Kids these days with their fancy smart homes, their smartphone-controlled lights, Bluetooth-connected door locks, and their mind-reading kettles. Back in the day, people manually flipped switches, turned keys, and pressed buttons. Appliances didn't control themselves, and that was a-okay. But sprinklers, yes, those should be automated, and using your smartphone to monitor them just makes plain sense! Tell me more about Rachio's newfangled Iro smart sprinkler controller.
Okay, not all homeowners are grumpy old men (get off my lawn!), so I'll drop the impression and just tell you what Rachio's smart sprinkler controller can do.
Several days ago, it was brought to our attention that Google's Search app finally allowed completely touchless reminders, whereby a user could set a reminder from start to finish without touching the device. Previously, reminders required a touch confirmation at the end of the process. Now, the "voice of Google" simply asks if the user would like the reminder to be set. Saying "yes" will complete the interaction.
It seems this isn't the only server-side switch Google is pulling, though.
Through a steady stream of updates, AllCast has evolved into something far more than the Chromecast streaming app it began as. Now developer Koushik Dutta has released a receiver app into the Chrome Web Store that enables the Android app to cast content straight to your web browser.
Back in April, we posted a rumor that Google Now was on track to properly handle timer queries (like "set a timer for five minutes") using the clock app's built in timer functionality, rather than simply setting an alarm.
Nearly a month later, we saw mention of the functionality in a teardown of the Search app itself, and today it looks like that functionality has finally been switched on.
Users who say "Set a timer for [time]" will be greeted with a card letting them know the timer is about to commence, with the option to skip straight to starting the timer.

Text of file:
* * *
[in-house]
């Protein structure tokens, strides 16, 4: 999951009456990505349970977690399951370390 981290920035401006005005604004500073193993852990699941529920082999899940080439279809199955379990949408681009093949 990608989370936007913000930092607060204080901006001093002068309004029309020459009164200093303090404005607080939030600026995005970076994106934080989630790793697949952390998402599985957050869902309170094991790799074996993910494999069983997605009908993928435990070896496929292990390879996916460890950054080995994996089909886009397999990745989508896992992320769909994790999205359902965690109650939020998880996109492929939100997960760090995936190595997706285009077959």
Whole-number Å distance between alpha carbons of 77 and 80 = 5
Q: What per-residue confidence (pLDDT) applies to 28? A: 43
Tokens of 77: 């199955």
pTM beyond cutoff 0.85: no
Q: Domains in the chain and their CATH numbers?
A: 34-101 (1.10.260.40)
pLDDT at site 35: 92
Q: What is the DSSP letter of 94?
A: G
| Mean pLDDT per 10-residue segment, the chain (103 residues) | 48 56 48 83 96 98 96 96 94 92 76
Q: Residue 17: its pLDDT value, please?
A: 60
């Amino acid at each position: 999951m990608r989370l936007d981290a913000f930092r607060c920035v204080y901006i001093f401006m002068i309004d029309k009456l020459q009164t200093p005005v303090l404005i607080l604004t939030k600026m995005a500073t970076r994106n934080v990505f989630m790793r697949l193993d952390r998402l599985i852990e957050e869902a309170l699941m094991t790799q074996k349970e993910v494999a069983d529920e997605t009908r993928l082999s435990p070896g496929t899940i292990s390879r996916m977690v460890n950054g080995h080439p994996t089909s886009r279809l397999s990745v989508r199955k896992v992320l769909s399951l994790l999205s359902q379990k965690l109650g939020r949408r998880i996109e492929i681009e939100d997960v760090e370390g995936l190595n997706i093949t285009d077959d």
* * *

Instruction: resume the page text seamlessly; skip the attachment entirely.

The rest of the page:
As promised, the companion app to Google Glass, MyGlass, got a big update today. The bump from version 2.2 to 3.0 allows for sharing from Maps directly to Glass, but is otherwise purely aesthetic. Users will enjoy a slick new interface centered around a slide-out menu, which breaks out the Glassware Gallery, your active glassware, device info, and selected contacts into separate views.
This arrangement is infinitely more friendly than the previous interface, and glassware is now displayed more richly, with example screenshots in each listing along with a brief description and rundown of permissions.
Which tech company is the first to come to mind when it's time to have a good time? That's right, Microsoft. Now the company is ready to bank on this reputation by releasing QuizToWin for Android, a "real-time quiz application," according to its Play Store page. Okay, I was joking before, but this sounds like exactly the kind of entertainment Microsoft would bring to your next company party right after it helps with catering (Panda Express, again?
Google has begun rolling out an update to the Play Services package we all know and love. Details about version 4.4 have already been posted to the Android Developers blog, and it features updates and new features to the APIs for Maps, Mobile Ads, Activity Recognition, plus a few minor fixes for Games Services and Wallet. Aside from general bug fixes, it looks like this update is mostly about giving new tools to developers.
IFTTT is the kind of black magic that web mages use to bend the Internet to their will. The best part is that the command that gets it to work is pretty simple. There's no abra cadabra or expelliarmus to memorize here. Just head to the website and fill in the blanks within the statement if ___ then ___ with triggers and actions (known as channels) of your choice. Now this special craft isn't just reserved for desktop use, as an official Android app is due out today that aspiring web wizards can carry around as their well-disguised wand.
People are after your credit card information. Okay, this isn't a cable news report, so I'll dial it back a bit. Sometimes bad things happen when credit cards fall into the wrong hands, whether that's from physical theft or large-scale cyber crime. There's been a number of incidents in the news of late, so companies are doing what they can to provide their customers with peace of mind. So MasterCard has released a new MasterCard In Control app that monitors your credit card activity and notifies you if it detects anything suspicious.